There’s no surprise that cold brew coffee is one of the biggest new trends in the coffee industry. Robust and highly-caffeinated, cold brew is a silkily-strong alternative to other iced coffee drinks. The difference between cold brew and iced coffee? Cold brew coffee is never heated; it is cold from the beginning of preparation.
Here, we’ll talk about the cold brew coffee trend, and consider why this tasty alternative isn’t just a flash in the pan.
The Popularity of Cold Brew
Cold brew may have become so popular so quickly because it has a smooth taste without bitterness. This silkiness also has an affect on the stomach. When ground coffee beans are heated, they produce chlorogenic acid, and removing this heat also eliminates this tough-on-the-stomach acid.
Whether for taste or digestion, coffee drinkers undeniably love cold brew. From 2015 to 2017, the cold brew market made a remarkable jump. In 2015, cold brew coffee only earned $8.1 million but in 2017, it represented $38.1 million in sales – a 370% jump.
These figures indicate that cold brew isn't going anywhere for a long time.
The Brewing Process
Cold brew is different than other cold coffees because it is never heated. Instead, cold brew coffee is made by mixing one-part ground coffee beans with eight parts water. In a pitcher, the grounds are put onto the bottom and covered by the water and then stirred.
But here’s the rub for coffee shops and businesses – you then need to let that brew steep for 18 to 24 hours in the fridge. Only then can you strain the coffee to get your flavorful brew. If you don’t make enough of this mixture, you may find that you’re leaving your cold brew-loving customers empty handed.
Preparing and Serving Cold Brew
The important thing in preparing cold brew is to make sure that you have the right supplies. The first is a large pitcher, like this 60-ounce glass pitcher by Libby and Arc. A large-size pitcher or pitchers makes sure that you’re making enough brew for thirsty customers.
Next, you need another large quart-size measuring cup (like the Cambro 4 qt Polycarbonate Measuring Cup) to which to transfer your cold brew while straining. This measuring cup lets you know exactly how much brew you've made. To strain properly, cover your strainer with cheesecloth.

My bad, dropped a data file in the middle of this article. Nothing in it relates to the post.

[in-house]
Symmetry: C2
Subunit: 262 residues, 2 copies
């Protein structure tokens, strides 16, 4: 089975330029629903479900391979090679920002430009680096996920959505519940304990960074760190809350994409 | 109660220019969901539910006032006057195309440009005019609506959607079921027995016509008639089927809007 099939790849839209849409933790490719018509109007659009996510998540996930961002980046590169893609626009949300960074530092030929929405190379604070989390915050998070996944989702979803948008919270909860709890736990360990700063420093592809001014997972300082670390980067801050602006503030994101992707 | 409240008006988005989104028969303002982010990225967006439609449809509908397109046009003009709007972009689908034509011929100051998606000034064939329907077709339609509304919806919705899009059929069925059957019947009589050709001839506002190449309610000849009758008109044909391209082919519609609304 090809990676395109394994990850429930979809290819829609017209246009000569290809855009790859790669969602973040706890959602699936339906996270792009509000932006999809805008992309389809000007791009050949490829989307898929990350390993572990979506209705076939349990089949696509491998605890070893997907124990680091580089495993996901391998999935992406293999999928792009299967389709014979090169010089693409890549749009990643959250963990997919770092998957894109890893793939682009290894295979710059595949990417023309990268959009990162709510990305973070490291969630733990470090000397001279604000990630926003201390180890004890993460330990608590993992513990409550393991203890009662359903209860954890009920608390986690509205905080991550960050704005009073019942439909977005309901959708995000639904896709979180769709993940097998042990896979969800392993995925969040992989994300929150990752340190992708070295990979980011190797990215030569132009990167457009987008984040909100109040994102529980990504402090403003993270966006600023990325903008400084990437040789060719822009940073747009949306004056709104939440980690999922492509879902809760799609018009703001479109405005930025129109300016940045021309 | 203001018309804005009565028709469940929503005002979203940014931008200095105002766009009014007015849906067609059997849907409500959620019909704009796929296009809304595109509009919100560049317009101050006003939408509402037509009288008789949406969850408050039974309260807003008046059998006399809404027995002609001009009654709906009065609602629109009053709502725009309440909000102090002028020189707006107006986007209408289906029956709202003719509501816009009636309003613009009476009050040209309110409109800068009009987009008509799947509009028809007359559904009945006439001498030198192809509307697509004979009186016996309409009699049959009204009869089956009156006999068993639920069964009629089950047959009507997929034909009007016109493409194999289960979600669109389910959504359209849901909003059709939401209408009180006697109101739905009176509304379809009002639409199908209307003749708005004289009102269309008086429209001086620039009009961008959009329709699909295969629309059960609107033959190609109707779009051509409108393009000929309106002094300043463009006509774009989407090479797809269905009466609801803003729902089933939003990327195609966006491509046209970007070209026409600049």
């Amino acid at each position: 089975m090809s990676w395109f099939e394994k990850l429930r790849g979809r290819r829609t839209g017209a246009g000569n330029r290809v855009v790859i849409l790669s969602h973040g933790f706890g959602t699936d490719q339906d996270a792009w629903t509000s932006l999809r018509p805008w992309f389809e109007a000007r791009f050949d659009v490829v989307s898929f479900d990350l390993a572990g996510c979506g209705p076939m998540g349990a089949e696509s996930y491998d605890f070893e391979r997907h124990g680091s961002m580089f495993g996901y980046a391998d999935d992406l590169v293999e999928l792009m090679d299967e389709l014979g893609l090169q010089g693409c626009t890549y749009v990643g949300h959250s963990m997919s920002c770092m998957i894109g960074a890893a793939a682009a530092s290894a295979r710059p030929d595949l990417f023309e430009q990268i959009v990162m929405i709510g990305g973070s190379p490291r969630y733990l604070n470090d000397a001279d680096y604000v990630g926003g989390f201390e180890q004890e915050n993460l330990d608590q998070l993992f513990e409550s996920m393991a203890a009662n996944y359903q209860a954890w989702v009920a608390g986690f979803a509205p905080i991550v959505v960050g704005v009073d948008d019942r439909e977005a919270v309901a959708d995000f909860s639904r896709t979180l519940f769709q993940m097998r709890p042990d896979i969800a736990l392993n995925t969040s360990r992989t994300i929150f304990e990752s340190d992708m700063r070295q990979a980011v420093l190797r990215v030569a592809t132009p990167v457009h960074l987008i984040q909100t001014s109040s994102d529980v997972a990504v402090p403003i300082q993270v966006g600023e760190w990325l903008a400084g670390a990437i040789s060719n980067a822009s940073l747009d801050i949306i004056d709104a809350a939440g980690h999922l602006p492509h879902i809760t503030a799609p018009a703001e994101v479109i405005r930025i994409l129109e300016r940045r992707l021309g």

Finally, transfer your cold brew to another large pitcher, or a growler, like this 64-ounce one, for storage or service. This undiluted brew will last for up to two weeks in the refrigerator. Install an easy-to-pour system for serving cold brew topped off by a customized tap handle. Though typically used for beer, tap handles for cold brew can both simplify your service and let your customers know you offer the beverage.
When you’re ready to serve the cold brew, you have two options. If your guests are drinking in your establishment, choose a glass with an open head to promote the drink’s scent. We like the Libbey Café Mug for serving cold brew. If your guests want to have the cold brew on the go, serve it in an eco-friendly compostable cup like Fabri-Kal's Greenware.
Remember, though, the cold brew you’ve made is way too strong for serving. Fill your in-house glass or to-go cup with one cup of ice cubes, along with a half cup of your cold brew mixture and a half cup of water. Offer your guests cream, as well, because even this diluted mix is stronger than your average cup of joe.
Grab-and-Go Cold Brew
With a rather arduous process involved to make cold brew – and the fear of running out! – you may want to consider adding a canned cold brew to your offerings as well or instead. Cadence Cold Brew is infused with nitro so that it tastes fresh. With the kick of a cold brew without the worry of running out, Cadence Cold Brew can make sure you’re on the cold brew coffee train as soon as possible.